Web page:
Tips for overcoming loneliness during an Iowa winter

DECORAH — New studies are finding links between people who are obese and lonely who may be at risk for larger problems with their physical and mental health.

Jennifer Linse, an advanced practice social worker, says cases of loneliness often escalate in Iowa during the wintertime as more of us become socially isolated by the cold weather.

“If people are wanting to talk about loneliness or explore their feelings or experience with loneliness, I would certainly encourage them to connect with a counselor to talk about that,” Linse says. “Also, through counseling, we can help people get connected to resources or find some social supports that they’re already involved in to help with that feeling of loneliness.”

Even when we’re surrounded by other people, Linse says it’s easy to be overcome by loneliness, as we crave that contact.

“From the minute you’re born, you’re born to connect with other people,” Linse says. “Really, that’s our human experience, to be connected with others around us. We are social beings, so that’s really the essence of why this is so important — it’s that human connection.”

People who are overweight may face discrimination which can leave them with an emotional scar, something Linse says can be difficult to overcome.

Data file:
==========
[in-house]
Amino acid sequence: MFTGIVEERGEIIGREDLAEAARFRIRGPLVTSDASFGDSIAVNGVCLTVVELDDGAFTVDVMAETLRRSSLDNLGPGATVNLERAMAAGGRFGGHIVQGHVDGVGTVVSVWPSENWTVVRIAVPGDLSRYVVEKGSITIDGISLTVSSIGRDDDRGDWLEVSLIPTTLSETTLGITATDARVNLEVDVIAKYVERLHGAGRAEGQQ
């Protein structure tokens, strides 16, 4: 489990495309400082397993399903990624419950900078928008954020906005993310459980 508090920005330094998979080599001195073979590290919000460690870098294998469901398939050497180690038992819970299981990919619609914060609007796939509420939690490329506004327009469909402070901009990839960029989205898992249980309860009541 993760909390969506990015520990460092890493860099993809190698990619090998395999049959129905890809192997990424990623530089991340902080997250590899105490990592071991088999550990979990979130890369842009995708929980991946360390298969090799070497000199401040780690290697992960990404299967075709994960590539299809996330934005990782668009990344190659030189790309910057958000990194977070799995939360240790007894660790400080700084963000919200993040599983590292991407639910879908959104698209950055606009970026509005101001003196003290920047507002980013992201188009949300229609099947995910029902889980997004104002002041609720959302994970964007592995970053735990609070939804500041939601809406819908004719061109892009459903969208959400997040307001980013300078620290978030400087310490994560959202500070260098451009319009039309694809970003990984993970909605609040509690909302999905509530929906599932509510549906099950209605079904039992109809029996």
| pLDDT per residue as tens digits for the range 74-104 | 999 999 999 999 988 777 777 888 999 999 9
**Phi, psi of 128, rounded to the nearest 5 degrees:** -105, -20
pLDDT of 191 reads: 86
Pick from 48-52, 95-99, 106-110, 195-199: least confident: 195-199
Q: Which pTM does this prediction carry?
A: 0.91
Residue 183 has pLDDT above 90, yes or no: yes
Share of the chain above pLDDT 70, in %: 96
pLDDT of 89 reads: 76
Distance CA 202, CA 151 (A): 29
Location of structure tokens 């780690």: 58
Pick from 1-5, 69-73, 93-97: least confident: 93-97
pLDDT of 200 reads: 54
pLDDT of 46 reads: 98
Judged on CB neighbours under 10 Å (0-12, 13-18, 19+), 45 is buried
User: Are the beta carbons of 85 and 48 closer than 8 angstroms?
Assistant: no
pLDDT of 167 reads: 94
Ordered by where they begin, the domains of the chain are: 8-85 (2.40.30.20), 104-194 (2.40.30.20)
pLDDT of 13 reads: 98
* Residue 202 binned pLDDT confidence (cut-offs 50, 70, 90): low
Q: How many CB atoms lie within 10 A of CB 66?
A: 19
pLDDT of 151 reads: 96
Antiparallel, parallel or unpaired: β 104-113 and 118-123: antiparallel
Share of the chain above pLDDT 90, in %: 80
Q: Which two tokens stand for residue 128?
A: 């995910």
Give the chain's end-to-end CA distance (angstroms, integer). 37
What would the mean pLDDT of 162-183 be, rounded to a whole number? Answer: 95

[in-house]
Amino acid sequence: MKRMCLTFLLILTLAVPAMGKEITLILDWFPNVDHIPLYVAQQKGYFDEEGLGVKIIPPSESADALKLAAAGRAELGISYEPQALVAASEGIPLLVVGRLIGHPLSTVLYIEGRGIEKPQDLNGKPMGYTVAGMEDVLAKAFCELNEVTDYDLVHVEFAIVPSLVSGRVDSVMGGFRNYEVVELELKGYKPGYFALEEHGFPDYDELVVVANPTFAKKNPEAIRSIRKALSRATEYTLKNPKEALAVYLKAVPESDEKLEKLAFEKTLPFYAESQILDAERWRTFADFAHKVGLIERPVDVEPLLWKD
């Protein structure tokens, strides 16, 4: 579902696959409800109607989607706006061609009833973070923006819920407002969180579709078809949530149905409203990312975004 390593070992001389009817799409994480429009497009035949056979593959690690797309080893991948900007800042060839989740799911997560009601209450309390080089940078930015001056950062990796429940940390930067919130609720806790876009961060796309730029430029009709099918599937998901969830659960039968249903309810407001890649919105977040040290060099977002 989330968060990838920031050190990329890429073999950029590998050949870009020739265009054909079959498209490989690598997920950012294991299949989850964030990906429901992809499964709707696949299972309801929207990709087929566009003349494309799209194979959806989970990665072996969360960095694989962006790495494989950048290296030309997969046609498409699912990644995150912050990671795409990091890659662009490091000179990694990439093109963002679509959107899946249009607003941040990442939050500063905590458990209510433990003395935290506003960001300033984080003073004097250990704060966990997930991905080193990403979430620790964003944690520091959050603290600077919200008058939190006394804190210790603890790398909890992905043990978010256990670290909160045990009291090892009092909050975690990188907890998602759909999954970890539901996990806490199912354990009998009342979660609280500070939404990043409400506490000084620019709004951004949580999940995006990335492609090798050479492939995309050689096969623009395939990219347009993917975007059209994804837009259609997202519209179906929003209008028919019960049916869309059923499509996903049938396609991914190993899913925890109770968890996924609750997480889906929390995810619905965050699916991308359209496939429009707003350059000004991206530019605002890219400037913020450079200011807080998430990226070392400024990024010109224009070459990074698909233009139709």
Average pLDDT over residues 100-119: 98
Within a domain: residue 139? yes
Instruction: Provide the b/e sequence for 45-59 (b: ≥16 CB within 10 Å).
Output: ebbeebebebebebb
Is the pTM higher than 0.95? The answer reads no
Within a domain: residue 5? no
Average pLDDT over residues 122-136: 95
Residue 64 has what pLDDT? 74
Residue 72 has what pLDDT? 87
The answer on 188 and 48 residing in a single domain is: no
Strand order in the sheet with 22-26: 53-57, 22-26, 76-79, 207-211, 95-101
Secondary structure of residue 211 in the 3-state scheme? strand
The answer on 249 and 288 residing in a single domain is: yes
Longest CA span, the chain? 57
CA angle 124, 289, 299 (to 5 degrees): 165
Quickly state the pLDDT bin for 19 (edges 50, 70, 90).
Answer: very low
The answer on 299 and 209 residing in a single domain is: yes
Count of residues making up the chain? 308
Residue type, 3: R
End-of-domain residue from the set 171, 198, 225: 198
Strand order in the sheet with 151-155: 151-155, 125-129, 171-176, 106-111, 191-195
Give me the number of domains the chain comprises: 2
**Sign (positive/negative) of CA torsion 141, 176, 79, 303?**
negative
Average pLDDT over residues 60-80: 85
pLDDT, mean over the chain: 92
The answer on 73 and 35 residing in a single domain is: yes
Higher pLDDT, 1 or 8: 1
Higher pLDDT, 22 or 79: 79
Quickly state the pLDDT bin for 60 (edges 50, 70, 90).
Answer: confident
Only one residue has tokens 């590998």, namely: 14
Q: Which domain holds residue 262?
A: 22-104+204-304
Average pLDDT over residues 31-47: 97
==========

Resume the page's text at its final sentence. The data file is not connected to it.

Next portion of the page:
“There’s this idea in our society of what the ideal person is, the way we look, the way we speak, and that includes our body image,” Linse says. “So in our society, we hear people talk and experience something that we may call fat-shaming, and that can make people feel very lonely.”

We don’t often hear health care professionals recommend Facebook as a solution to anything, but in this case, Linse says it might provide some benefit.

“Typically when we think about social media, we find it to be a very isolating experience because we’re looking at it very surface level,” Linse says, “but there are groups and activities happening online that can connect you with others. For some people, it’s just sort of dipping your toe into being with others in your community.”

Instead of reading a book at home, for example, she suggests taking the book to a library or coffee shop where you might interact with others.

Linse is an employee assistance program consultant at Gundersen Health System, which has clinics in Fayette, Decorah, Waukon, Lansing, Postville and Calmar, and a hospital in West Union.